On the job injuries reach lowest level on record in Minnesota


There's an old saying that "hard work won't hurt you." And that seems to be increasingly true in Minnesota.

Workplace injuries last year reached their lowest level since the state began tracking them in 1973, Minnesota's Department of Labor and Industry (DLI) says.

In the agency's annual survey of randomly selected employers, there were an average of 3.7 work-related injuries or illnesses for every 100 full-time workers. That beats the previous low of 3.8 but is above the national average of 3.2, DLI says.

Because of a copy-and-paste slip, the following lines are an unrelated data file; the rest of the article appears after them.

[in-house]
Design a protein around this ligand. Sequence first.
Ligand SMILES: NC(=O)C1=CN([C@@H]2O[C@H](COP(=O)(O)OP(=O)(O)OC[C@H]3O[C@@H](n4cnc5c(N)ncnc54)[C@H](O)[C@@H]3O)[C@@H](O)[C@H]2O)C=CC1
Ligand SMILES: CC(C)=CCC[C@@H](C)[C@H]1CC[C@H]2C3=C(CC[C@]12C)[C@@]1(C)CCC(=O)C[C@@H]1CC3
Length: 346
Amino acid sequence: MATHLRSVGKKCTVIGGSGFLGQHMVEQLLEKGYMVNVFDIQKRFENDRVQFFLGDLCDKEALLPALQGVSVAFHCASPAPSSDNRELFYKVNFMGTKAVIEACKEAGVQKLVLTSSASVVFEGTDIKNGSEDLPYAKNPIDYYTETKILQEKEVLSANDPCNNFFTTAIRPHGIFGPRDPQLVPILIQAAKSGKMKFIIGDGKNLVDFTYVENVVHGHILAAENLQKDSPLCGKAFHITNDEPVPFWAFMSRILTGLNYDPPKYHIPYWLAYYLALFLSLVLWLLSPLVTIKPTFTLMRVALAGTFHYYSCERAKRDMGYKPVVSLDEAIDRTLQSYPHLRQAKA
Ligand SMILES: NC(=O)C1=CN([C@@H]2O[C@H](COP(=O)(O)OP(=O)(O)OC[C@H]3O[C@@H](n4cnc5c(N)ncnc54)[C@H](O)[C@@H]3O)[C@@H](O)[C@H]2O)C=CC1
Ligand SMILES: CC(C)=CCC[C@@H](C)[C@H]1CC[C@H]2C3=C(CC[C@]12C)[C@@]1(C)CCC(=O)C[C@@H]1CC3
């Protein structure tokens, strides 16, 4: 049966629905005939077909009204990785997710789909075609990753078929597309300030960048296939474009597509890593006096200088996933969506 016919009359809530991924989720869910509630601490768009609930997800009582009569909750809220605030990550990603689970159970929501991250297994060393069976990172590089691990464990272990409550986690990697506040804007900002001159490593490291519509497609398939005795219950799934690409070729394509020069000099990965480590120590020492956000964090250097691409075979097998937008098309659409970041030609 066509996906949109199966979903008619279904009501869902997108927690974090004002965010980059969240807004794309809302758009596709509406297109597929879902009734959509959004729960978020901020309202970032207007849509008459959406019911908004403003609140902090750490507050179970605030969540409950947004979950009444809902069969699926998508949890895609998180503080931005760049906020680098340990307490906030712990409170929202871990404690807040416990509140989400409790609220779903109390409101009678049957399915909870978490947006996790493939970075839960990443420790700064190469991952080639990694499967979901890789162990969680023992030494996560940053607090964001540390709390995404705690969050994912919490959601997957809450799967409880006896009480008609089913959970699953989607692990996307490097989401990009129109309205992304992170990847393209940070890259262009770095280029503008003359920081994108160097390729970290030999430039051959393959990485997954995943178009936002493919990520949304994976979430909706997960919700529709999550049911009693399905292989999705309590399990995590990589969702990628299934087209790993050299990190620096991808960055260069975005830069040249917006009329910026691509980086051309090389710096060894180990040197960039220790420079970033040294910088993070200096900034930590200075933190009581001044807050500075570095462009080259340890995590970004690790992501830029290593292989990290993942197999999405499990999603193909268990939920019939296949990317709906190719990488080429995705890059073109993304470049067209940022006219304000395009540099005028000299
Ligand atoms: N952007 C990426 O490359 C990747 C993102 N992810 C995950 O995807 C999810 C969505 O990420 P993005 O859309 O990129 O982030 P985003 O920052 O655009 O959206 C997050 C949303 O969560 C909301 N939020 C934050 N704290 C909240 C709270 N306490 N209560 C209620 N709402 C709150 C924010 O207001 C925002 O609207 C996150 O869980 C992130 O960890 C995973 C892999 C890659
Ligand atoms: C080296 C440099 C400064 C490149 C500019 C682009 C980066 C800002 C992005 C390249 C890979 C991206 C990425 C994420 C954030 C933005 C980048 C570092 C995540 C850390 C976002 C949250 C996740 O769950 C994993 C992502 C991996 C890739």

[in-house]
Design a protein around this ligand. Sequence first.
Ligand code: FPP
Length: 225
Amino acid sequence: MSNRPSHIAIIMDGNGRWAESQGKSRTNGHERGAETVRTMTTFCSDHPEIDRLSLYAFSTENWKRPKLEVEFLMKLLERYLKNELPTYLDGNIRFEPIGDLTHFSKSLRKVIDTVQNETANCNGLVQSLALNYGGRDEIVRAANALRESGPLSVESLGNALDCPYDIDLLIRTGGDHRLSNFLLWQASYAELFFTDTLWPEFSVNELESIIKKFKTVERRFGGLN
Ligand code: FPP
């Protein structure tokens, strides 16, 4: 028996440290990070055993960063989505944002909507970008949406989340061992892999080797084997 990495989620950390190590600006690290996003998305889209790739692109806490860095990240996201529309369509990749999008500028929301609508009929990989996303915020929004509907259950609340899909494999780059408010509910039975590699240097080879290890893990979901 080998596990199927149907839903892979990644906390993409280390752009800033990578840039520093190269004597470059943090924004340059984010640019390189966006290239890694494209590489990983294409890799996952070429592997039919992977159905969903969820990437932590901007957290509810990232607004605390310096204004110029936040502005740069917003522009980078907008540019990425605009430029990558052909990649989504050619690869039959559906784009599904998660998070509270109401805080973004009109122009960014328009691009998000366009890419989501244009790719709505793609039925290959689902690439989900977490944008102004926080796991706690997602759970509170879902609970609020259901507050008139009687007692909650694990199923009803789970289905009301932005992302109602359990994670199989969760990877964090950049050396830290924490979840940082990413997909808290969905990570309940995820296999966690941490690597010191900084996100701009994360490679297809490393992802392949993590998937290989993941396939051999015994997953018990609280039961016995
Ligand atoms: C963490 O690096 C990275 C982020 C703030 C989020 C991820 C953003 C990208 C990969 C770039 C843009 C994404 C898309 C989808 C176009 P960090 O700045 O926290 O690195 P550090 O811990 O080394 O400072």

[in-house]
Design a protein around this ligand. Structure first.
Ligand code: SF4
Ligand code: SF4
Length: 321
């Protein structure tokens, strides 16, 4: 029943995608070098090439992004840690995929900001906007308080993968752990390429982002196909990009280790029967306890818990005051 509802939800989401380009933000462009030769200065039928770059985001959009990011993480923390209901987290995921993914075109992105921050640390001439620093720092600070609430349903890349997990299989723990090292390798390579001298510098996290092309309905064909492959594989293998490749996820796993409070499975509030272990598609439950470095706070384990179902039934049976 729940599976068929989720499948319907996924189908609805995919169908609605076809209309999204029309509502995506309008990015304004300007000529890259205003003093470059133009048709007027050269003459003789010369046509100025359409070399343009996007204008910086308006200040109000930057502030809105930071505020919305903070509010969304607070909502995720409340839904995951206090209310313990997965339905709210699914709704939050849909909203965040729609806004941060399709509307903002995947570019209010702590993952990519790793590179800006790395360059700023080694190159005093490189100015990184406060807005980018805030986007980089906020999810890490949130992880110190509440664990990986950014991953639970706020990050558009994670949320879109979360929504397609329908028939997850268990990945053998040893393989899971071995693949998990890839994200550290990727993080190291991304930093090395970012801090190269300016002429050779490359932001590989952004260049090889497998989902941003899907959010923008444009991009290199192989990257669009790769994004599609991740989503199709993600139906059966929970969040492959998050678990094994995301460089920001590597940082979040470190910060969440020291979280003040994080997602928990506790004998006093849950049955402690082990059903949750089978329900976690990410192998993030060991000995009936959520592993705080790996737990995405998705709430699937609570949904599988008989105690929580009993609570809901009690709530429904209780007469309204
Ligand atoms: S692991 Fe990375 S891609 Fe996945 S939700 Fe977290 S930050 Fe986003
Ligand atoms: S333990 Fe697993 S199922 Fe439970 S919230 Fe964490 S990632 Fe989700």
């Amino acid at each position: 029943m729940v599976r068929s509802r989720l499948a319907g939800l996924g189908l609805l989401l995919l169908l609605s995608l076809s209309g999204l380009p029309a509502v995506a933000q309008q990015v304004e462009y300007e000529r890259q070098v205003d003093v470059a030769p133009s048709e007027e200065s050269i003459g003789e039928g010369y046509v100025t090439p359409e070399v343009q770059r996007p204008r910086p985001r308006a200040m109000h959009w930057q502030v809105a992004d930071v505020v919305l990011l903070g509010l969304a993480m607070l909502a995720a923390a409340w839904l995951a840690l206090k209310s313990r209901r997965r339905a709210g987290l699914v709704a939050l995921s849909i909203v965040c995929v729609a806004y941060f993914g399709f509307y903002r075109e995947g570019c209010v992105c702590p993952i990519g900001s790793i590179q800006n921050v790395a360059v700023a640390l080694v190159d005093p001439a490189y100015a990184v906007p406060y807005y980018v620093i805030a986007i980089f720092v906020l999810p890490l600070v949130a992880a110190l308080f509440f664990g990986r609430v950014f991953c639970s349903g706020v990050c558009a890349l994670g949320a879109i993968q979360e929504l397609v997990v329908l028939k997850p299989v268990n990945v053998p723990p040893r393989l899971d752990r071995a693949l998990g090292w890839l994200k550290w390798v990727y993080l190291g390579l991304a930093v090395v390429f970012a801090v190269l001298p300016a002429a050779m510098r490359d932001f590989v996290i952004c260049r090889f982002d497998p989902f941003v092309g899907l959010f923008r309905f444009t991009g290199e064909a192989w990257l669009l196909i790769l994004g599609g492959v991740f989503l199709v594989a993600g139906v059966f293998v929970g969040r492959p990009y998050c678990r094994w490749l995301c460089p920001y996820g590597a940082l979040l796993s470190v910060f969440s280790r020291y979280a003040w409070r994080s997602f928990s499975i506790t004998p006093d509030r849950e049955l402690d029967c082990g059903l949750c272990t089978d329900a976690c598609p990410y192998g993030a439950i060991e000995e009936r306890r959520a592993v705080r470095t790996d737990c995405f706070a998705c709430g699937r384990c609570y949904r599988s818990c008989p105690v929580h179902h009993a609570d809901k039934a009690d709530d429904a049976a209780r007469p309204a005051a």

The department's commissioner, Ken Peterson, said in a statement that Minnesota's injuries have declined 30 percent in a decade, but added that more can be done to improve worker safety.

Most dangerous jobs

In Minnesota's survey, two industries tied for the highest injury rate with 5.5 for every 100 workers: transportation and agriculture (a category that also includes forestry, fishing, and hunting).

In terms of specific jobs, federal data from previous years has led to several "10 most dangerous" lists. TheStreet, Bankrate, and Forbes have them. Forbes' list looks like this:

  1. Commercial fishing
  2. Logging
  3. Piloting an airplane
  4. Farming/ranching
  5. Operating mining machinery
  6. Roofing
  7. Trash collecting
  8. Truck driving
  9. Installing/repairing industrial machinery
  10. Police officer/sheriff's deputy on patrol

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